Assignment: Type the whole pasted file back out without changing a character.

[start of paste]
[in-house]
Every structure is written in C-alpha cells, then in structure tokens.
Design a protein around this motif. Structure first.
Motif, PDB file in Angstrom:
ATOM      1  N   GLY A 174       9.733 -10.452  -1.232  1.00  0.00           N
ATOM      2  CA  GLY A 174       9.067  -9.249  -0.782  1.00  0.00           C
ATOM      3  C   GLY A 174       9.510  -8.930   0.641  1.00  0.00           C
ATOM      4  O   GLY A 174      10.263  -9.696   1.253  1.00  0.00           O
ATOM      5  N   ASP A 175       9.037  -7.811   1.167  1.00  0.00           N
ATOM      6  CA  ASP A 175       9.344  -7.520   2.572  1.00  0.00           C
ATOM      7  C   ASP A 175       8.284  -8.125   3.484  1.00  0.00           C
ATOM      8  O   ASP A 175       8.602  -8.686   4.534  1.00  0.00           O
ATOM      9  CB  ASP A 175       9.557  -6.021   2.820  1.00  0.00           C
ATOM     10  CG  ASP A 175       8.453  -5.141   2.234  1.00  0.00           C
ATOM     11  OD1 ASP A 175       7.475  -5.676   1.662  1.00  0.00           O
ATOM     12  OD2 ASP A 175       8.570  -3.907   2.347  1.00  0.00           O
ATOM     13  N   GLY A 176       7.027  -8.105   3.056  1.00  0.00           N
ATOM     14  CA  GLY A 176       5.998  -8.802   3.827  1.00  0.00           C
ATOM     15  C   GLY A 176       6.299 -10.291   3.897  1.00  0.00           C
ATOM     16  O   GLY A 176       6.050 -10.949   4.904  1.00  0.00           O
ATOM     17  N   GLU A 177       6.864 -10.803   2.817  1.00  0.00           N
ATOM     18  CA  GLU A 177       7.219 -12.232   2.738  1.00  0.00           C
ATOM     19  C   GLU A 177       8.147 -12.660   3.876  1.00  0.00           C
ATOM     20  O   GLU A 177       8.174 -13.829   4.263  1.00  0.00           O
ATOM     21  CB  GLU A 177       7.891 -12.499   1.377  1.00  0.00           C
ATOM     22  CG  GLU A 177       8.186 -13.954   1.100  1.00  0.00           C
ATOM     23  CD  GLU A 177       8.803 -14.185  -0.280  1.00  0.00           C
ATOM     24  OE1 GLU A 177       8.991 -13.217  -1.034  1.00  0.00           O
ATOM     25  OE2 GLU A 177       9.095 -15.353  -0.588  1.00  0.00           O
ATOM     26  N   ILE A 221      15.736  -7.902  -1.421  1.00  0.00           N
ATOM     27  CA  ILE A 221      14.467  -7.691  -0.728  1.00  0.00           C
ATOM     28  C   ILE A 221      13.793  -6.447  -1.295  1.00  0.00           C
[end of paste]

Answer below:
[in-house]
Every structure is written in C-alpha cells, then in structure tokens.
Design a protein around this motif. Structure first.
Motif, PDB file in Angstrom:
ATOM      1  N   GLY A 174       9.733 -10.452  -1.232  1.00  0.00           N
ATOM      2  CA  GLY A 174       9.067  -9.249  -0.782  1.00  0.00           C
ATOM      3  C   GLY A 174       9.510  -8.930   0.641  1.00  0.00           C
ATOM      4  O   GLY A 174      10.263  -9.696   1.253  1.00  0.00           O
ATOM      5  N   ASP A 175       9.037  -7.811   1.167  1.00  0.00           N
ATOM      6  CA  ASP A 175       9.344  -7.520   2.572  1.00  0.00           C
ATOM      7  C   ASP A 175       8.284  -8.125   3.484  1.00  0.00           C
ATOM      8  O   ASP A 175       8.602  -8.686   4.534  1.00  0.00           O
ATOM      9  CB  ASP A 175       9.557  -6.021   2.820  1.00  0.00           C
ATOM     10  CG  ASP A 175       8.453  -5.141   2.234  1.00  0.00           C
ATOM     11  OD1 ASP A 175       7.475  -5.676   1.662  1.00  0.00           O
ATOM     12  OD2 ASP A 175       8.570  -3.907   2.347  1.00  0.00           O
ATOM     13  N   GLY A 176       7.027  -8.105   3.056  1.00  0.00           N
ATOM     14  CA  GLY A 176       5.998  -8.802   3.827  1.00  0.00           C
ATOM     15  C   GLY A 176       6.299 -10.291   3.897  1.00  0.00           C
ATOM     16  O   GLY A 176       6.050 -10.949   4.904  1.00  0.00           O
ATOM     17  N   GLU A 177       6.864 -10.803   2.817  1.00  0.00           N
ATOM     18  CA  GLU A 177       7.219 -12.232   2.738  1.00  0.00           C
ATOM     19  C   GLU A 177       8.147 -12.660   3.876  1.00  0.00           C
ATOM     20  O   GLU A 177       8.174 -13.829   4.263  1.00  0.00           O
ATOM     21  CB  GLU A 177       7.891 -12.499   1.377  1.00  0.00           C
ATOM     22  CG  GLU A 177       8.186 -13.954   1.100  1.00  0.00           C
ATOM     23  CD  GLU A 177       8.803 -14.185  -0.280  1.00  0.00           C
ATOM     24  OE1 GLU A 177       8.991 -13.217  -1.034  1.00  0.00           O
ATOM     25  OE2 GLU A 177       9.095 -15.353  -0.588  1.00  0.00           O
ATOM     26  N   ILE A 221      15.736  -7.902  -1.421  1.00  0.00           N
ATOM     27  CA  ILE A 221      14.467  -7.691  -0.728  1.00  0.00           C
ATOM     28  C   ILE A 221      13.793  -6.447  -1.295  1.00  0.00           C